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Mollema hopes to cement Tour de France GC place during mountain TT

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Bauke Mollema and Robert Gesink (Belkin)

Bauke Mollema and Robert Gesink (Belkin) (Image credit: Bettini Photo)
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Laurens ten Dam fights to keep Bauke Mollema in second overall

Laurens ten Dam fights to keep Bauke Mollema in second overall (Image credit: Bettini Photo)
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Bauke Mollema (Belkin)

Bauke Mollema (Belkin) (Image credit: Bettini Photo)

Bauke Mollema said he hopes that the tough mountain time trial on Wednesday at the Tour de France will be an opportunity to cement his second place on general classification ahead of three tough Alpine mountain stages - including a double ascent of Alpe d'Huez.

Speaking on the second rest day, the team Belkin leader said the 32km time trial over a pair of category 2 climbs to Chorges could be a platform to distance his nearest rivals.

Alberto Contador and Roman Kreuziger (both Saxo-Tinkoff Bank) lie less than 15 seconds behind him on general classification.

Mollema said didn't expect large time differences between on tomorrow's stage in Gap, which finishes with a technical descent of the Col de Manse.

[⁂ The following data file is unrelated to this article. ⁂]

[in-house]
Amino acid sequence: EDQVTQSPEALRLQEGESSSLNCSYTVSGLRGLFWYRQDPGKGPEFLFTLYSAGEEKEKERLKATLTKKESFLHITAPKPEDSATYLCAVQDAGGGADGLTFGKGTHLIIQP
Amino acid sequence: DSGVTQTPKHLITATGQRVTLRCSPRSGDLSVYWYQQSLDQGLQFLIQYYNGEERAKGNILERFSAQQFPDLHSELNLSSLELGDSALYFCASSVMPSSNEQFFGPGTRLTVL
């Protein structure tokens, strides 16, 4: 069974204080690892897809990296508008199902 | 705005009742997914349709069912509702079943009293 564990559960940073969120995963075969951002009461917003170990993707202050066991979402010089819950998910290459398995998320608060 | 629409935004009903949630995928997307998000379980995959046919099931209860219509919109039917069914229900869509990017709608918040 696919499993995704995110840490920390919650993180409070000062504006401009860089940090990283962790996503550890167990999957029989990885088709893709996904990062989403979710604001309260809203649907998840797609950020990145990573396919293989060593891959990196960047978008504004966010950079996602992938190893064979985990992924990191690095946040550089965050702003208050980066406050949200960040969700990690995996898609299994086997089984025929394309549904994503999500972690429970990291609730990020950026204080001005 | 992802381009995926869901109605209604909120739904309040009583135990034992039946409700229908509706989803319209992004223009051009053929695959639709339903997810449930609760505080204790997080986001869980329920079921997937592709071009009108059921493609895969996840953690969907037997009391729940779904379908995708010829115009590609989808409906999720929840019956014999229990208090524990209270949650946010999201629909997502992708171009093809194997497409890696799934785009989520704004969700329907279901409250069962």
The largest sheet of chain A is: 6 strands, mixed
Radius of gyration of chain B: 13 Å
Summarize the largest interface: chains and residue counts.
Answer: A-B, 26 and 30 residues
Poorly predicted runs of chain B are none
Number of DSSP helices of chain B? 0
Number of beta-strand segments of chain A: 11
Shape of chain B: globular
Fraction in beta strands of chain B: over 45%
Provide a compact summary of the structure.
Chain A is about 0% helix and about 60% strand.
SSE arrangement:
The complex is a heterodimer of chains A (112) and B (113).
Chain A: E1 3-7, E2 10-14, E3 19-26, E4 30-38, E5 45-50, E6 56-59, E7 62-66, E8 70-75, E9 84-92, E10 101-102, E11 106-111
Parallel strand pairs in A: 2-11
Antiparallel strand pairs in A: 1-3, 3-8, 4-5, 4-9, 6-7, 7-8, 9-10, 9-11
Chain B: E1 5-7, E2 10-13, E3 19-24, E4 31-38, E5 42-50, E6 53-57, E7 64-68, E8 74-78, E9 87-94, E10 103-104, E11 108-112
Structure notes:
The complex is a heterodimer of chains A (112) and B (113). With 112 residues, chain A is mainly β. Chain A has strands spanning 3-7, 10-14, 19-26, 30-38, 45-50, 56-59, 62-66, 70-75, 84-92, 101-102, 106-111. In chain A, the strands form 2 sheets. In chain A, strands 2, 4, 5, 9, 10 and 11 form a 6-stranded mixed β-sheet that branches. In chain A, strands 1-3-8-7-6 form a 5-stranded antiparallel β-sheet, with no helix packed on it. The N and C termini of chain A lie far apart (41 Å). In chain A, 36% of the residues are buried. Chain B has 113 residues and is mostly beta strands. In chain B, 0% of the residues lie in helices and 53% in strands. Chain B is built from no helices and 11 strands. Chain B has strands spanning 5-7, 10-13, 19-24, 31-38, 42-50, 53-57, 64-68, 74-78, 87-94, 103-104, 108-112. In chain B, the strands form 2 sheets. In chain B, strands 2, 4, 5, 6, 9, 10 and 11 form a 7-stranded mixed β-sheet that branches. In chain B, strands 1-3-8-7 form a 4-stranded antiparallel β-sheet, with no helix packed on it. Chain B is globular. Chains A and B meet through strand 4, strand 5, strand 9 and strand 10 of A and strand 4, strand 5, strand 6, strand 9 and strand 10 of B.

"Every day is important, but I don't expect a lot of differences between GC riders tomorrow," said Mollema.

"In the time trial, I hope to gain some time on some riders behind me to have a bit more space in the last three hard stages," he said.

On yesterday's stage to Ventoux, Mollema was shepherded to the summit with help from teammate Laurens Ten Dam, fifth overall. Mollema said the pair would continue working together and were hopeful of extra support from Robert Gesink.

"It's really special we are both top five in the Tour," said Mollema. "We are both really happy with our positions and it's important to try to stay here. Maybe we can try to help each other I think because we're pretty equal in the climbs.

"Robert Gesink is getting better and I hope he can help us more now in the last three days than in the Pyrenees. Then we will see."

Sam started as a trainee reporter on daily newspapers in the UK before moving to South Africa where he contributed to national cycling magazine Ride for three years. After moving back to the UK he joined Procycling as a staff writer in November 2010.